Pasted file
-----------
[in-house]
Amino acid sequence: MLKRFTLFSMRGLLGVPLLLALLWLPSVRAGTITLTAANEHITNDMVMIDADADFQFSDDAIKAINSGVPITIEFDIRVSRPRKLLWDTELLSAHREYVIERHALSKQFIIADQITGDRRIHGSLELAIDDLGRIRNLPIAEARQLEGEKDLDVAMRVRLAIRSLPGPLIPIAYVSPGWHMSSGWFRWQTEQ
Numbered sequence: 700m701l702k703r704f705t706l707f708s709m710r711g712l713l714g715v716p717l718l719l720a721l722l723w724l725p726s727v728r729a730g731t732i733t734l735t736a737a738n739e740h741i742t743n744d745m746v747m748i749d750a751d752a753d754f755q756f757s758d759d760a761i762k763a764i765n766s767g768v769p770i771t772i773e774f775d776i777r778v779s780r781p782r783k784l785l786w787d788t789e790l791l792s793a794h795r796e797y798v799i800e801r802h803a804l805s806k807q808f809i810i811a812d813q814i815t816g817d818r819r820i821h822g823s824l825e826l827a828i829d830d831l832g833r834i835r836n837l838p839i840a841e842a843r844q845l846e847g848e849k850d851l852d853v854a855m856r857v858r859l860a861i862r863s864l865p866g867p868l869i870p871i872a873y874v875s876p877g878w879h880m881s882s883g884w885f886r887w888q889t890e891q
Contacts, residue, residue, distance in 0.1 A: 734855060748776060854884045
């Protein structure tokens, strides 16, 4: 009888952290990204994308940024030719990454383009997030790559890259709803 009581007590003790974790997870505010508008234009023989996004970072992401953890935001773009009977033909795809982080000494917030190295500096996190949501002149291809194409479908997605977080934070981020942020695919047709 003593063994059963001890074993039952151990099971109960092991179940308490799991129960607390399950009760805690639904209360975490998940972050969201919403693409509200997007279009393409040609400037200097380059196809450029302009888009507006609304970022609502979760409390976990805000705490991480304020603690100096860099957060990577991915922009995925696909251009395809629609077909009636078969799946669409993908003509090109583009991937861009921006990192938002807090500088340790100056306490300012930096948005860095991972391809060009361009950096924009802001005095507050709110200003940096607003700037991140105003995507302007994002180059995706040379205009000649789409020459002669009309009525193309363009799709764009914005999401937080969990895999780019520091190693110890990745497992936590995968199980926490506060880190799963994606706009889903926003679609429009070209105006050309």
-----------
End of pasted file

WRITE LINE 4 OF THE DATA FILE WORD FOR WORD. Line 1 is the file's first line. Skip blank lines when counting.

Contacts, residue, residue, distance in 0.1 A: 734855060748776060854884045